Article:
free font of the month


Free font this month is Curly Q. It's a curly, swirly, girly kind of font. A delightful headline font for your next garden party or note to the kids from the tooth fairy. Use the download link on the right.

We were in London once for 2 weekends. This photo was the outside of my stepson Matt's apartment building in Nottinghill. It was fun to start London Doodles with photos from that trip. At least yearly I intend to add a city doodle or two to the series. I've done Paris and London... maybe a resort type location next. And of course NYC.

The Tate....

Just ran across this picture again and thought I'd share it. It was taken at the Tate Modern in London in May of this year. While I was initially disappointed that it is out of focus I've come to like it all the more because it is. Seems like a shot you should have from a modern art museum. This was my favorite exhibit. The exhibit was in a relatively small room as museum rooms go. The artist sent instructions to the Tate on how to execute this piece. First the whole room is painted black with chalkboard paint. Then each wall would have a graphic shape drawn on it with chalk. I am standing in front of the circle but there was a triangle and a square... With chalk the whole room had evenly spaced lines drawn vertically. Inside each shape the lines were drawn horizontally. On the wall they had the instructions that the museum worked from. It had a diagram and instructions that explained the size relationship between the shapes and the possible size of each wall. As a graphic artist and font designer I am really drawn to graphic shapes and it was truly amazing to be inside this piece of art. I think about it often. I am so pleased I got to see this. Walking into this room took my breathe away.

And I could not believe it but this museum is free. If I lived in London I would go there every week.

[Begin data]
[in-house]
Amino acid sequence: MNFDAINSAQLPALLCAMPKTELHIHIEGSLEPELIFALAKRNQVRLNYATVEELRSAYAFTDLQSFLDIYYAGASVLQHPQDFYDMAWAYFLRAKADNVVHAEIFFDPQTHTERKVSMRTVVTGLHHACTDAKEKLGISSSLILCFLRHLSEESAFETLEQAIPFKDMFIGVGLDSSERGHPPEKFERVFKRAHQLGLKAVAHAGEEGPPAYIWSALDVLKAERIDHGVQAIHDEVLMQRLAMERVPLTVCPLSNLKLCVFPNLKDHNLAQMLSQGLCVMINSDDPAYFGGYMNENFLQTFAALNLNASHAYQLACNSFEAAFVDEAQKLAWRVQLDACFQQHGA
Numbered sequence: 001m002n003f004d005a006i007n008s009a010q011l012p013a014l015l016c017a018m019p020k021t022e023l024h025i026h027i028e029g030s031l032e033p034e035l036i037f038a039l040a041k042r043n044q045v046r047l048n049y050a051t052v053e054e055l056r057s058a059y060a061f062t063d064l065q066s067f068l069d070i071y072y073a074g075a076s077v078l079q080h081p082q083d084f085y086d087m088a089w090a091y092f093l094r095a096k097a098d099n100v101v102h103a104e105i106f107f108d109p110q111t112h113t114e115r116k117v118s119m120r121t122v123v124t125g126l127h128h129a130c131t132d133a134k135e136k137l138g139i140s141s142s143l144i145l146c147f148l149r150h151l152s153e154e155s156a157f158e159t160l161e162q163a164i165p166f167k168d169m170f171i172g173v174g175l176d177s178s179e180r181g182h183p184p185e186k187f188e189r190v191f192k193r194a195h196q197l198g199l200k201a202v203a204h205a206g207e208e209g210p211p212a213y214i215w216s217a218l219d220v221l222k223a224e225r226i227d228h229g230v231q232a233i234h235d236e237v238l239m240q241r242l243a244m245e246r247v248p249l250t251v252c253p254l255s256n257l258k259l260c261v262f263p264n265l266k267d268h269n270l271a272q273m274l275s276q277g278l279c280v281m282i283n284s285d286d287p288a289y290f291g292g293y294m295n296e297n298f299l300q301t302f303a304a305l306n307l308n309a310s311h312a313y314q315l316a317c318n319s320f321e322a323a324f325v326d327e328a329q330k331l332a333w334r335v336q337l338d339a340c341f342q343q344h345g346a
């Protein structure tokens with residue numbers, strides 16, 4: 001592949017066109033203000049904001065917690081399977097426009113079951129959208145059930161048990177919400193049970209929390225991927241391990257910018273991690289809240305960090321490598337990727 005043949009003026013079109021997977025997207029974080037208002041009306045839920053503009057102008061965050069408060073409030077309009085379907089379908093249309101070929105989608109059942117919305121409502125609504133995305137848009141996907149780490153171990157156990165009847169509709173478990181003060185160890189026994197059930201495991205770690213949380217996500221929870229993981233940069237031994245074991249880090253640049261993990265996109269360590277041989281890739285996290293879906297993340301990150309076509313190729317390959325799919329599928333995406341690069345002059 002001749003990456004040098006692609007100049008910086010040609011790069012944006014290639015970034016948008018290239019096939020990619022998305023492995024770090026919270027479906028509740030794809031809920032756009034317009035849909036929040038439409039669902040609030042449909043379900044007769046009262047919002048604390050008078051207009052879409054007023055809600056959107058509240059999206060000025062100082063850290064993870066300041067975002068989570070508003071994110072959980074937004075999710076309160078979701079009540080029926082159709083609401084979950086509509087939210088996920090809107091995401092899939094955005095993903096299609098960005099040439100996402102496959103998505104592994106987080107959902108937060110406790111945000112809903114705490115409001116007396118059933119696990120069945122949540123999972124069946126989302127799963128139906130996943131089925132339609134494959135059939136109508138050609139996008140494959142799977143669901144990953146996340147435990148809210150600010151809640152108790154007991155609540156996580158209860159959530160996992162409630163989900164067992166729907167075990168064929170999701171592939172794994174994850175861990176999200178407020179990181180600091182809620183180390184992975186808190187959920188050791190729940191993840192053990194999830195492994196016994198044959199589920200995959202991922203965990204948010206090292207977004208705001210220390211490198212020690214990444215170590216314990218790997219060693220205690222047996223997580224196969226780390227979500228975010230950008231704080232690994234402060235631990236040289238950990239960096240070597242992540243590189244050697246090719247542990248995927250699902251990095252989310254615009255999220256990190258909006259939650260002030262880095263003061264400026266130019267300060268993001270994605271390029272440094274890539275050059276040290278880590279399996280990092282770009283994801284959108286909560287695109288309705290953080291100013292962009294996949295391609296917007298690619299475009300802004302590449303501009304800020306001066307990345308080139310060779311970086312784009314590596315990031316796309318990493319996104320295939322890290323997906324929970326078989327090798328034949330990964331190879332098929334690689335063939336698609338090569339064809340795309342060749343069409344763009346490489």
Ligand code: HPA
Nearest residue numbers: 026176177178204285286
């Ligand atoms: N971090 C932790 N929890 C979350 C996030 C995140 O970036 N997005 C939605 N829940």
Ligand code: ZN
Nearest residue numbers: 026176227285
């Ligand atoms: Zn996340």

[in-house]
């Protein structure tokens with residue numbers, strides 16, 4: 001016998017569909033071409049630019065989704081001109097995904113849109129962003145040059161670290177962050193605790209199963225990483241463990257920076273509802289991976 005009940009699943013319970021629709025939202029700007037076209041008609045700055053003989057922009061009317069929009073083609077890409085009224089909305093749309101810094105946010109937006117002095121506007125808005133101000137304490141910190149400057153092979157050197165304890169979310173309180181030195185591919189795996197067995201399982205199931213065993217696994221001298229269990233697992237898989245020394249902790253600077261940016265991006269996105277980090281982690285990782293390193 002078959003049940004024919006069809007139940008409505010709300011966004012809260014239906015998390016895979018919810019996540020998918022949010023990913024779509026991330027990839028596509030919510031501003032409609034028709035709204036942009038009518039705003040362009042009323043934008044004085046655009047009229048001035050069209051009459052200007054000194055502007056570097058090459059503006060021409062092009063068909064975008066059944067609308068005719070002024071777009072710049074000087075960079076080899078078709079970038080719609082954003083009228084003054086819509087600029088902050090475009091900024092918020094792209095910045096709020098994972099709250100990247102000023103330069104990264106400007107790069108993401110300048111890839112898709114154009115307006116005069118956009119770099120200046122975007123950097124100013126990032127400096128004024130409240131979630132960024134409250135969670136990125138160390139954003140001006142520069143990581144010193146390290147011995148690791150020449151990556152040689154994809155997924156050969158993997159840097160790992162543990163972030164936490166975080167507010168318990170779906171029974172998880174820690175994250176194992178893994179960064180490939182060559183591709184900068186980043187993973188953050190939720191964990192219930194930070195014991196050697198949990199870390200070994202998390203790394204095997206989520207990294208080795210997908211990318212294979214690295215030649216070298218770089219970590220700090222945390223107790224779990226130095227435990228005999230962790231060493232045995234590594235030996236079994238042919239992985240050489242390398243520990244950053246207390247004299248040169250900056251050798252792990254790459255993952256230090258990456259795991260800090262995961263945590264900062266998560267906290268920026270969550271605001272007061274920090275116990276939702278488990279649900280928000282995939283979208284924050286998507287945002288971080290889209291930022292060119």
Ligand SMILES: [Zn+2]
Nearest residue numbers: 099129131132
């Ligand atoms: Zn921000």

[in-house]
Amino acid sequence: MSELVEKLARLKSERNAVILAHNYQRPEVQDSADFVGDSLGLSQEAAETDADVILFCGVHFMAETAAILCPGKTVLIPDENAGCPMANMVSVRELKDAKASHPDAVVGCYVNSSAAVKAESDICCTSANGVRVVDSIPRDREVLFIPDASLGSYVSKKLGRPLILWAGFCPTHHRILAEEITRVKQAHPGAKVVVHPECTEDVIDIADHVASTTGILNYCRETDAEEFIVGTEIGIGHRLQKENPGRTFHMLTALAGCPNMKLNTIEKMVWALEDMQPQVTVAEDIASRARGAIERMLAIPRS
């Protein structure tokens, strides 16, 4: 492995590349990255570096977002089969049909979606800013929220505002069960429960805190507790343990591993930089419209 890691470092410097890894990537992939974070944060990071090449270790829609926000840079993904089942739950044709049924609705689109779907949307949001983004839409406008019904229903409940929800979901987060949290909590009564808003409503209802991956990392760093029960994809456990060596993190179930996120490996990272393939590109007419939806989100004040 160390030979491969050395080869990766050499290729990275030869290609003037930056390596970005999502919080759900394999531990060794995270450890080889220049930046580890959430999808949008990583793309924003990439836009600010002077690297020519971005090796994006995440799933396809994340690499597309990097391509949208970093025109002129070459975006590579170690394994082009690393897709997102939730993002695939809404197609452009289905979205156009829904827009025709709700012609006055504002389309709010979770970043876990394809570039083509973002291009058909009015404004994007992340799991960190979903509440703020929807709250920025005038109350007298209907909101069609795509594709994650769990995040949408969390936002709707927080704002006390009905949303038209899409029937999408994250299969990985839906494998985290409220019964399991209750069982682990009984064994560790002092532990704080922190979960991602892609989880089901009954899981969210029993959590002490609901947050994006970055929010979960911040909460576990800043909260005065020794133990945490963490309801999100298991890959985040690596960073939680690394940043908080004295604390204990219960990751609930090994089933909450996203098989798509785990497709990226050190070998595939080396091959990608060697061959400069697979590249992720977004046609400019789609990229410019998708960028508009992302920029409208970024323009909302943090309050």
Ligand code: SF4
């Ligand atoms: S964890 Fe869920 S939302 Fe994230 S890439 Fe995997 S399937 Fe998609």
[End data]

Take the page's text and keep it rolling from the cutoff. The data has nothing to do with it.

Such pretty food...

Well John is off to work and today I will unpack, do errands blah, blah, blah. All those boring re entry type of things.

But here are a couple last pictures. I was amazed by the pastries. The first 2 pictures are from Paris and the last one is a London bakery.

Turn off the lights before you leave

(John) Yes. London is about to go dark. We leave for the states tomorrow. After a series of connections we'll be back in Eau Claire around midnight Monday night. We've enjoyed our time with Matt here though in the last day or two Rae has finally started to feel the affects of 12 days of walking around. Time to rest when we get back. I went up in the London Eye yesterday. If you aren't familiar, the Eye is the huge ferris wheel like structure across the river from Parliment and Big Ben. A revolution takes a half hour and the "car" holds 10-15 people. It took me 45 minutes waiting in the que but I finally got on and it was a perfect day for it. Clear and sunny. Very fun for me. (Rae can't stand heights so she stayed in the park below.) OK. I'll let her add a few thoughts.

(Rae) Well this has been a truly perfect vacation. Unfortunately I am exhausted much like I felt post hysterectomy and it has only been 3 months... and I may have caught John's cold. But I can rest on the plane...

Keep an eye on the blog after we get home I'll post some pictures and captions then.

Good night.

John's musings

Train from london to Calais/Paris 15:06 27/5/07(I wrote these thoughts while on the train to Paris and waited til back at Matt's apartment to enter them so I wouldn't pay for the entry at the hotel. Hope it doesn't bore you to death.)

The English Countryside looks remarkably similar to that of Wisconsin or Iowa. The gentle, seductively rolling hillsides are quartered in farmland whose crops are just bursting green from the black earth. Deciduous and pine line the rail as we begin to pick up speed and every few minutes I am startled by the speed an proximity of trains passing in the other direction just inches from my window.